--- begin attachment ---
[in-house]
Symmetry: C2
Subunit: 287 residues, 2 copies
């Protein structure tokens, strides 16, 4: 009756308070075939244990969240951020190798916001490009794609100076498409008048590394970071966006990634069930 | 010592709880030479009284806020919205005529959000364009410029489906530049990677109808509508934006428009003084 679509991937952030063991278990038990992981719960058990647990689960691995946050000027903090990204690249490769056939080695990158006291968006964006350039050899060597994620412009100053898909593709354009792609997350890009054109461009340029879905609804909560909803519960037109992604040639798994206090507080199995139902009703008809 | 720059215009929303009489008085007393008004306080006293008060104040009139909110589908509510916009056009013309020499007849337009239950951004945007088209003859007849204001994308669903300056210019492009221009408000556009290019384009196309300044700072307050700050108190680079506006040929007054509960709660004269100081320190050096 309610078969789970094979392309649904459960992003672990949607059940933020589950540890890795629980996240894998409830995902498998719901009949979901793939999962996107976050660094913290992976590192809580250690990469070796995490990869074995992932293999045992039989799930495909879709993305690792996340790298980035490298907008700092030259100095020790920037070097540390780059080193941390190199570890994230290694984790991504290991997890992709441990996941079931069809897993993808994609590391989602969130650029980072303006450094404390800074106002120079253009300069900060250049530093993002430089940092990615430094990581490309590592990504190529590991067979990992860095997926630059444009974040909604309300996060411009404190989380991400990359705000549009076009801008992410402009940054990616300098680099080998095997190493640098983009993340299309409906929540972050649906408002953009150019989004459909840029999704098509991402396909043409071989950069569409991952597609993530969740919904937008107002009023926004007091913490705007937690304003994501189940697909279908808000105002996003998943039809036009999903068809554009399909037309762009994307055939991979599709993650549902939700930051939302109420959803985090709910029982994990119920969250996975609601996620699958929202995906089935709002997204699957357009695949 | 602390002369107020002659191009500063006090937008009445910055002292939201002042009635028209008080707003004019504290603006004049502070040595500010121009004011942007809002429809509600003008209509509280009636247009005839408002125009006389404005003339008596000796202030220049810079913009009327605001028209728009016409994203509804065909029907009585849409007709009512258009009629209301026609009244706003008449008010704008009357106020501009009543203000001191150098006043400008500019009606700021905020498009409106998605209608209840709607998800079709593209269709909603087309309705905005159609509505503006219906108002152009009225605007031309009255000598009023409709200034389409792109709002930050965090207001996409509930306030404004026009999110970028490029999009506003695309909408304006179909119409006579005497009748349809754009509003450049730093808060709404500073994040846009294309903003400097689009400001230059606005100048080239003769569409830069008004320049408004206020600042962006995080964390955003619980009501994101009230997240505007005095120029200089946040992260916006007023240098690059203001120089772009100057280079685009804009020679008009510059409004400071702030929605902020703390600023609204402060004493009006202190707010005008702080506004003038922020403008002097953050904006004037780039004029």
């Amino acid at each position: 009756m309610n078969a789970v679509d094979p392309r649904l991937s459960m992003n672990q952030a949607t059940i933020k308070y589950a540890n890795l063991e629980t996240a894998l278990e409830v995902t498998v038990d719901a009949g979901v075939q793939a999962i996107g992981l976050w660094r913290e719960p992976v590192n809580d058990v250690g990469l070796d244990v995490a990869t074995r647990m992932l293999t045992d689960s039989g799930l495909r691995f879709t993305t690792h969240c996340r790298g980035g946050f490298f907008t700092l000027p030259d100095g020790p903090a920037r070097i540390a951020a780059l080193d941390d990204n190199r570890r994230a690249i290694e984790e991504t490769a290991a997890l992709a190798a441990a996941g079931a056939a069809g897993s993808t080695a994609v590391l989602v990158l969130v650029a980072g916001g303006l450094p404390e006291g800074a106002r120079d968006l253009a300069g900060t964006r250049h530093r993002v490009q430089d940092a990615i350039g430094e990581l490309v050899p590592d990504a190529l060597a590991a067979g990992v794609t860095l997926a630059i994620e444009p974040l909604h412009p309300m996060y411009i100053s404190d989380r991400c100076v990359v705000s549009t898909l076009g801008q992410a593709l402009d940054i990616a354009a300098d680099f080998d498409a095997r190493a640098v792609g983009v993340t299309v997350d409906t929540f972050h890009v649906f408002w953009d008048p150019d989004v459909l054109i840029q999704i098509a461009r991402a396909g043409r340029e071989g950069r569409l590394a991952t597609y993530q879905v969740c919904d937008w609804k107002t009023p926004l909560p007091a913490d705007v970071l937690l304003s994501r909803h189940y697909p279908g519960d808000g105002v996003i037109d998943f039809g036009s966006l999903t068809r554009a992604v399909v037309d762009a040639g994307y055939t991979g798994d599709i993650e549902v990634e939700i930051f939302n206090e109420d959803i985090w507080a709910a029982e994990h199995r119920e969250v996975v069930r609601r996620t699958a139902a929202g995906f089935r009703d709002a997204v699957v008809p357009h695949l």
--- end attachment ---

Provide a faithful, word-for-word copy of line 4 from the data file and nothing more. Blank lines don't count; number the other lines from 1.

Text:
């Protein structure tokens, strides 16, 4: 009756308070075939244990969240951020190798916001490009794609100076498409008048590394970071966006990634069930 | 010592709880030479009284806020919205005529959000364009410029489906530049990677109808509508934006428009003084 679509991937952030063991278990038990992981719960058990647990689960691995946050000027903090990204690249490769056939080695990158006291968006964006350039050899060597994620412009100053898909593709354009792609997350890009054109461009340029879905609804909560909803519960037109992604040639798994206090507080199995139902009703008809 | 720059215009929303009489008085007393008004306080006293008060104040009139909110589908509510916009056009013309020499007849337009239950951004945007088209003859007849204001994308669903300056210019492009221009408000556009290019384009196309300044700072307050700050108190680079506006040929007054509960709660004269100081320190050096 309610078969789970094979392309649904459960992003672990949607059940933020589950540890890795629980996240894998409830995902498998719901009949979901793939999962996107976050660094913290992976590192809580250690990469070796995490990869074995992932293999045992039989799930495909879709993305690792996340790298980035490298907008700092030259100095020790920037070097540390780059080193941390190199570890994230290694984790991504290991997890992709441990996941079931069809897993993808994609590391989602969130650029980072303006450094404390800074106002120079253009300069900060250049530093993002430089940092990615430094990581490309590592990504190529590991067979990992860095997926630059444009974040909604309300996060411009404190989380991400990359705000549009076009801008992410402009940054990616300098680099080998095997190493640098983009993340299309409906929540972050649906408002953009150019989004459909840029999704098509991402396909043409071989950069569409991952597609993530969740919904937008107002009023926004007091913490705007937690304003994501189940697909279908808000105002996003998943039809036009999903068809554009399909037309762009994307055939991979599709993650549902939700930051939302109420959803985090709910029982994990119920969250996975609601996620699958929202995906089935709002997204699957357009695949 | 602390002369107020002659191009500063006090937008009445910055002292939201002042009635028209008080707003004019504290603006004049502070040595500010121009004011942007809002429809509600003008209509509280009636247009005839408002125009006389404005003339008596000796202030220049810079913009009327605001028209728009016409994203509804065909029907009585849409007709009512258009009629209301026609009244706003008449008010704008009357106020501009009543203000001191150098006043400008500019009606700021905020498009409106998605209608209840709607998800079709593209269709909603087309309705905005159609509505503006219906108002152009009225605007031309009255000598009023409709200034389409792109709002930050965090207001996409509930306030404004026009999110970028490029999009506003695309909408304006179909119409006579005497009748349809754009509003450049730093808060709404500073994040846009294309903003400097689009400001230059606005100048080239003769569409830069008004320049408004206020600042962006995080964390955003619980009501994101009230997240505007005095120029200089946040992260916006007023240098690059203001120089772009100057280079685009804009020679008009510059409004400071702030929605902020703390600023609204402060004493009006202190707010005008702080506004003038922020403008002097953050904006004037780039004029």